2. Battle Pass

Players can also purchase a Battle Pass, which costs $9.50 for a quarterly subscription. Players are granted exclusive access to game updates like map changes and character features like weapons and tools. It also provides discounts for microtransactions. Battle Pass generates the majority of Fortnite’s revenue.

According to GamesIndustry.biz, a business news source, five million Battle Passes were sold on the first day of Season 3 in February of 2018. This resulted in $50 million in revenue in just a single day. As more players purchased the Battle Pass, new costumes and additions were added, and millions of users continued to purchase them.

3. Mobile Revenue

Epic Games expanded Fortnite to mobile devices in 2018 and solidified its beta in early 2019. Unfortunately, the mobile game was removed from the Apple App Store in August 2020 due to Epic’s internal issues with Apple. Essentially, Epic sued Apple for creating a monopoly to host games on iOS devices and battled its 30% commission fee for transactions.

This also negatively affected Fortnite’s revenue, which factors into the decrease from 2018 to 2019. However, Fortnite Mobile generated $1.1 billion over its lifetime of less than two years.

4. Online Fortnite Streaming

Players around the globe have invested time and energy into streaming Fortnite’s individual games online. This has paid off for Fortnite since the game was viewed for 389 million hours on platforms like Twitch and YouTube in Q1 2021. Business of Apps, a popular marketplace advertising agency, pinned a famous Fortnite player named “Ninja” as the most popular player, with 24.2 million YouTube subscribers. He reportedly earns $500,000 a month streaming his games every day.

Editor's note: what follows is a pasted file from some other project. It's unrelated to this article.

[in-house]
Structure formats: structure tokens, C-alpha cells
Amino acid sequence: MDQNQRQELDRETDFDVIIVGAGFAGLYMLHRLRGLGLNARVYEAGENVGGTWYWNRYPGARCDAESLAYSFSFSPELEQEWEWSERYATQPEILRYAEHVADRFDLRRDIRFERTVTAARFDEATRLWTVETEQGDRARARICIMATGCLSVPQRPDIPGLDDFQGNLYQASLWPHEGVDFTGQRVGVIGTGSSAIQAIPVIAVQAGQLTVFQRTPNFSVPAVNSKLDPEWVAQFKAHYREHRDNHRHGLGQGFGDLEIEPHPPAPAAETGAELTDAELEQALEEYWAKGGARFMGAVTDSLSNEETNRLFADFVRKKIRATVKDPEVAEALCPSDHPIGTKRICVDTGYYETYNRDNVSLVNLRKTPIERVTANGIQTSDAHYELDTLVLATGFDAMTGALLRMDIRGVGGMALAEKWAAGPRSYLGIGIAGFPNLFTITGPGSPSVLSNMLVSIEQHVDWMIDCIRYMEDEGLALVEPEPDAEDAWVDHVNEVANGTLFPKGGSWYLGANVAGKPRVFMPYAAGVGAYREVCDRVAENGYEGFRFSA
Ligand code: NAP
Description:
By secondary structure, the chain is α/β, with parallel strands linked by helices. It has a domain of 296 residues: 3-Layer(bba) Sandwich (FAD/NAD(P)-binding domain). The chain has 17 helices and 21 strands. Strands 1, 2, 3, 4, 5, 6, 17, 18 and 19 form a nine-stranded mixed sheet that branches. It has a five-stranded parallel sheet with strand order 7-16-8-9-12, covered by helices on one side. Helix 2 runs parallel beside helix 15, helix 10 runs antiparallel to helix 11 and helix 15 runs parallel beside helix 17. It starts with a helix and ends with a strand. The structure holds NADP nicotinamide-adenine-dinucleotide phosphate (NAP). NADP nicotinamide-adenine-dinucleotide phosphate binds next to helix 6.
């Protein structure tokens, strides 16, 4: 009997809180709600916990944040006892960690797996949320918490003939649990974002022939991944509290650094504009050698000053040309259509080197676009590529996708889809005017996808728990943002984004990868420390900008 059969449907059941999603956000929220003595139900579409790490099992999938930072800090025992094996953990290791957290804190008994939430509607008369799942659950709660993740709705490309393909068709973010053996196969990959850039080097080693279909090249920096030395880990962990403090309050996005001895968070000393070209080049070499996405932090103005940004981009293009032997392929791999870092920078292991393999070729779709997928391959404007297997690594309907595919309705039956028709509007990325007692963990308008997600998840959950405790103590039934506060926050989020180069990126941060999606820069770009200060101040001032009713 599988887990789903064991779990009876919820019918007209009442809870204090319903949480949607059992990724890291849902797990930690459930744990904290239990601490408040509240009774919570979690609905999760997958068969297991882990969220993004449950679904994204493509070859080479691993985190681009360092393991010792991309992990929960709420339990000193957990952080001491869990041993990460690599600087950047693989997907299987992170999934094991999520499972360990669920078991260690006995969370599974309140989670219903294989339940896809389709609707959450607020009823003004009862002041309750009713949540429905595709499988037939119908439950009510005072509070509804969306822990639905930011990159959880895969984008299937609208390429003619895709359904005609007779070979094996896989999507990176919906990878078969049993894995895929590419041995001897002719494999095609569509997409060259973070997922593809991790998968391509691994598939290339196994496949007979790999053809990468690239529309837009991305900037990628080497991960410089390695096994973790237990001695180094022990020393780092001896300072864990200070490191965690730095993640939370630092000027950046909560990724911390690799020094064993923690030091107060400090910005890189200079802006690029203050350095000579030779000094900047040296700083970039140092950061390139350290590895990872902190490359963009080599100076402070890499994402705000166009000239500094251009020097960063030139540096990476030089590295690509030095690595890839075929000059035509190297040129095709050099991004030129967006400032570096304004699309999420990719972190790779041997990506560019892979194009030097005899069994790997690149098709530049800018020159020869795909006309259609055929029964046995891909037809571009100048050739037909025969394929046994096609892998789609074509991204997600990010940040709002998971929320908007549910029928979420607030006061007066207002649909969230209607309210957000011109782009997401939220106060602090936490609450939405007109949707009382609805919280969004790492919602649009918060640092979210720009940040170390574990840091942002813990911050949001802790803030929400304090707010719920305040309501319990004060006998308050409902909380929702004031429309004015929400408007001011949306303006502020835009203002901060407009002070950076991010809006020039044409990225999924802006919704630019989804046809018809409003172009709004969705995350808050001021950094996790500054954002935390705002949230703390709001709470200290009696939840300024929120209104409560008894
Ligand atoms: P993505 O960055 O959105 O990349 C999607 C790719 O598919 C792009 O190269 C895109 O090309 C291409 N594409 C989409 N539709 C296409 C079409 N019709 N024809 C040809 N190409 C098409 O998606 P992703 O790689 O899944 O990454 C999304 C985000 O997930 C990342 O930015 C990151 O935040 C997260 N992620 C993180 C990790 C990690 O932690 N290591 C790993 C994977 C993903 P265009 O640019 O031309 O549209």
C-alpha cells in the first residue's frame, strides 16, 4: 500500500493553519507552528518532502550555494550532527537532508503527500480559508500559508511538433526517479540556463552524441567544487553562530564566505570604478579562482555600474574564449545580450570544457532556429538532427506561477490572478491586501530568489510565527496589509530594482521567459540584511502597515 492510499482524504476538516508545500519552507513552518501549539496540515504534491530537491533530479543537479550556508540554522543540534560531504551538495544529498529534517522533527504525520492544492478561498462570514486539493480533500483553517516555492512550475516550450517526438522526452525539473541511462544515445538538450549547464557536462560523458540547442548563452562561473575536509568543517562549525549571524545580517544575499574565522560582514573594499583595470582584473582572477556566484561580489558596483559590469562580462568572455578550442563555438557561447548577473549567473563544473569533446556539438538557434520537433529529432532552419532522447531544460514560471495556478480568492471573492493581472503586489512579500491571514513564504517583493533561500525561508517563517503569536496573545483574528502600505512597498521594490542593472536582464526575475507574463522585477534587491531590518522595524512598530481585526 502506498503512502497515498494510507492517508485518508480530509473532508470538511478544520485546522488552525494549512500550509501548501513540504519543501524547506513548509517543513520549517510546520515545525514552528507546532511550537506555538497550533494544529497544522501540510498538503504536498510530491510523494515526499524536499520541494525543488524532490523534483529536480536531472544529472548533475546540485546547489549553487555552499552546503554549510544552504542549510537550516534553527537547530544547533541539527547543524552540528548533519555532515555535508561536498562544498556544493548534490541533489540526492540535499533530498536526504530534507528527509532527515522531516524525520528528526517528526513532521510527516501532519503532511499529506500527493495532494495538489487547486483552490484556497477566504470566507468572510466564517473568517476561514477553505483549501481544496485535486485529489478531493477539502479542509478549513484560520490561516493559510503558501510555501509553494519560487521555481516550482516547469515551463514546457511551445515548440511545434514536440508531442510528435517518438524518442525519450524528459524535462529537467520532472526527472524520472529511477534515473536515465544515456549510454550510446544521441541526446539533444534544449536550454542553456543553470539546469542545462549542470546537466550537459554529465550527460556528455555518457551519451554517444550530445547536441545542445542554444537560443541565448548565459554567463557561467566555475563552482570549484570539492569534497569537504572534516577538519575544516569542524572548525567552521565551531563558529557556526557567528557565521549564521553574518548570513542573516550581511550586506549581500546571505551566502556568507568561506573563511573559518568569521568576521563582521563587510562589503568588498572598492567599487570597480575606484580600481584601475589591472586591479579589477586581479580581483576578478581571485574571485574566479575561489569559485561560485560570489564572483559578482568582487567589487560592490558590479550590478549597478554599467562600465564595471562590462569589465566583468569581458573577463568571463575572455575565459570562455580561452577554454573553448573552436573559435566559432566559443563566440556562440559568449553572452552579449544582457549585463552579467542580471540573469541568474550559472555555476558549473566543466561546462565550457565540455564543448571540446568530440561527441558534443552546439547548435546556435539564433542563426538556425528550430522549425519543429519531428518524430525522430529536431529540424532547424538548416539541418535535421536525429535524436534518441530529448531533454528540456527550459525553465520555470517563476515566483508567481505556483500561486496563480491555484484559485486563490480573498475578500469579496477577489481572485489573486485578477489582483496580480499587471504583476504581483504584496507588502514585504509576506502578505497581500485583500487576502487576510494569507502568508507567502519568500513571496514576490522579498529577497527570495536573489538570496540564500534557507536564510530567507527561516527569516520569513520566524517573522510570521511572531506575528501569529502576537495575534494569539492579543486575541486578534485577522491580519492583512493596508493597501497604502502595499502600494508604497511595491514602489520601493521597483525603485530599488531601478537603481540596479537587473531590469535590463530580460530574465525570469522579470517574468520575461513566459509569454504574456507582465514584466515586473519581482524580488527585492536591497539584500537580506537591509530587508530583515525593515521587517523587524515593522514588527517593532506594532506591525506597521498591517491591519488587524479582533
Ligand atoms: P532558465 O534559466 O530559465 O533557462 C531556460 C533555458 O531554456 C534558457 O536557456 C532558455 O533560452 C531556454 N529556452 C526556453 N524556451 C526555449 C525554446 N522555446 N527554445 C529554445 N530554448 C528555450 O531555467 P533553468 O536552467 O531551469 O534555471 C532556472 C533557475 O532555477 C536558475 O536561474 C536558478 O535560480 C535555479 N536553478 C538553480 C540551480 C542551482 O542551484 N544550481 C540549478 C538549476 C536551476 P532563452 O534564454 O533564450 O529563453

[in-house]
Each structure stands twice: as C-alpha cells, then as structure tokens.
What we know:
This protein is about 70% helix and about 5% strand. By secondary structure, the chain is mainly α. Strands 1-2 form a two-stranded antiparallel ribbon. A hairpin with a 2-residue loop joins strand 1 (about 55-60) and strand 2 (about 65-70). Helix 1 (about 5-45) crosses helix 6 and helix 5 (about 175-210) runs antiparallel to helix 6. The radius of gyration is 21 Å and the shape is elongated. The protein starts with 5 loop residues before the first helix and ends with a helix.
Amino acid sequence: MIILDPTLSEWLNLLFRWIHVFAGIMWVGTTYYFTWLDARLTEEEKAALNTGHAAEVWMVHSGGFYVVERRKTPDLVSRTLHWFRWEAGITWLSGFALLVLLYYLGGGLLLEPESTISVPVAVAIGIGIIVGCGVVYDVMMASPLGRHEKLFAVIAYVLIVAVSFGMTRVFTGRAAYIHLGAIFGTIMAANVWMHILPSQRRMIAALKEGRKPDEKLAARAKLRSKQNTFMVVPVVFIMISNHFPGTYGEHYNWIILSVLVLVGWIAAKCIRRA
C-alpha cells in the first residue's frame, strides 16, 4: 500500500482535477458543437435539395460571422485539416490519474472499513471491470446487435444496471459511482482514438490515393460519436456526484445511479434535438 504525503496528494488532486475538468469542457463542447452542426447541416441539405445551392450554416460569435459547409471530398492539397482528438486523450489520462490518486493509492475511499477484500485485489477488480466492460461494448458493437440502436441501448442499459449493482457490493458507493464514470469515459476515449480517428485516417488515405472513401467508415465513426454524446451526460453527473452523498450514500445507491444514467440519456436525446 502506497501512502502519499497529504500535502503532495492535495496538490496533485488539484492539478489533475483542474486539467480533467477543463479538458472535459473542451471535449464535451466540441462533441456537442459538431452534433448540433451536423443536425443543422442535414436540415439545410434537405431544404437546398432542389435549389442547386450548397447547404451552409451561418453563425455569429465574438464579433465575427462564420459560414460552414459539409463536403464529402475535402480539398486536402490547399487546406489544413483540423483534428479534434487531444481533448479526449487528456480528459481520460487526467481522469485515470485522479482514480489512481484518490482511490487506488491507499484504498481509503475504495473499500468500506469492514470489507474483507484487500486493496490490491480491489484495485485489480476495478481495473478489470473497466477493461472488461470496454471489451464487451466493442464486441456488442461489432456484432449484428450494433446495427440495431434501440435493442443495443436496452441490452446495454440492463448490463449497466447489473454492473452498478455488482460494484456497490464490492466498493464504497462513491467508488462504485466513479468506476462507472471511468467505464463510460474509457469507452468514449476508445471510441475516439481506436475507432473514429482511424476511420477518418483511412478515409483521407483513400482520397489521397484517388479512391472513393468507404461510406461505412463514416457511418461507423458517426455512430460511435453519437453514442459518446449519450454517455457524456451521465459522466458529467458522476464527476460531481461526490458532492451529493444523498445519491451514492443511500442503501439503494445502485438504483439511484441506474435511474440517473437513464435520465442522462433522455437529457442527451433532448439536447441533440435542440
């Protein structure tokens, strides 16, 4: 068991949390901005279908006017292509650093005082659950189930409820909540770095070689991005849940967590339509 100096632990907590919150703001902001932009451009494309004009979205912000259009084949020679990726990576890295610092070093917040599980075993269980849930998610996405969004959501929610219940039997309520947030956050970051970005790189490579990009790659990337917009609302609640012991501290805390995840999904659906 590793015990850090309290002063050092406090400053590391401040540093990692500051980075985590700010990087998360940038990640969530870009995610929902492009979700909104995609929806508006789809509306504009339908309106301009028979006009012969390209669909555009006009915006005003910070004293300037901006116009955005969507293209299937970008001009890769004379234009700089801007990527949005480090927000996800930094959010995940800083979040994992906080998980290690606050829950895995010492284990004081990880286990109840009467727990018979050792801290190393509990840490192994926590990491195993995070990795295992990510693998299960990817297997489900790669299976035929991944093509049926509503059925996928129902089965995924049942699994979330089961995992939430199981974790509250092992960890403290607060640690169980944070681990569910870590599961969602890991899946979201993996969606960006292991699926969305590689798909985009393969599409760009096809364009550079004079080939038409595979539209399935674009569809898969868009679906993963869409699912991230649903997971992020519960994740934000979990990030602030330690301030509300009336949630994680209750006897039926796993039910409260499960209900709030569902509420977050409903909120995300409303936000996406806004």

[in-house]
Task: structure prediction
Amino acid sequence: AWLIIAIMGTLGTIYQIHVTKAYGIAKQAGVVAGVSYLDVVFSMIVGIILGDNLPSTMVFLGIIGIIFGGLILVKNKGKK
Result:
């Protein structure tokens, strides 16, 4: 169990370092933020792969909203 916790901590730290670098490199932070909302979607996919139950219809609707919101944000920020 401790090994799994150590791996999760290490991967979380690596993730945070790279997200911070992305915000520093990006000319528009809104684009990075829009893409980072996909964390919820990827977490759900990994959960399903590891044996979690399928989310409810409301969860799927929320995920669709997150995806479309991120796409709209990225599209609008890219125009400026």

Online streaming has infiltrated the entertainment industry as well. Fortnite developed a platform where musicians and artists can hold concerts virtually. In 2019, a Doomsday concert held virtually on the Fortnite platform was viewed for 11.8 million hours. 2020 saw another concert hosted by Travis Scott that generated 12.3 million viewing hours.

Current Revenue Struggle

Fortnite has seen a decline in revenue since 2018, where it dropped from $5.4 billion to $3.7 billion year-over-year in 2019. While revenue increased to $5.1 billion in 2020, it still remains below the mark set in 2018. This drop can be partially accounted for by the removal of the game from the App Store. Court documents and independent analyst firms estimated Apple’s commissions from Fortnite to be nearly $350 million. Legal battles ensued because of this, and Fortnite continues to be banned from the App Store.

Nonetheless, Fortnite remains a highly successful game in 2022.

Thomas Martin
Tom is a member of the Editorial Team at StartUp Mindset. He has over 6 years of experience with writing on business, entrepreneurship, and other topics. He mainly focuses on online businesses, digital publishing, marketing and eCommerce startups.

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Tom is a member of the Editorial Team at StartUp Mindset. He has over 6 years of experience with writing on business, entrepreneurship, and other topics. He mainly focuses on online businesses, digital publishing, marketing and eCommerce startups.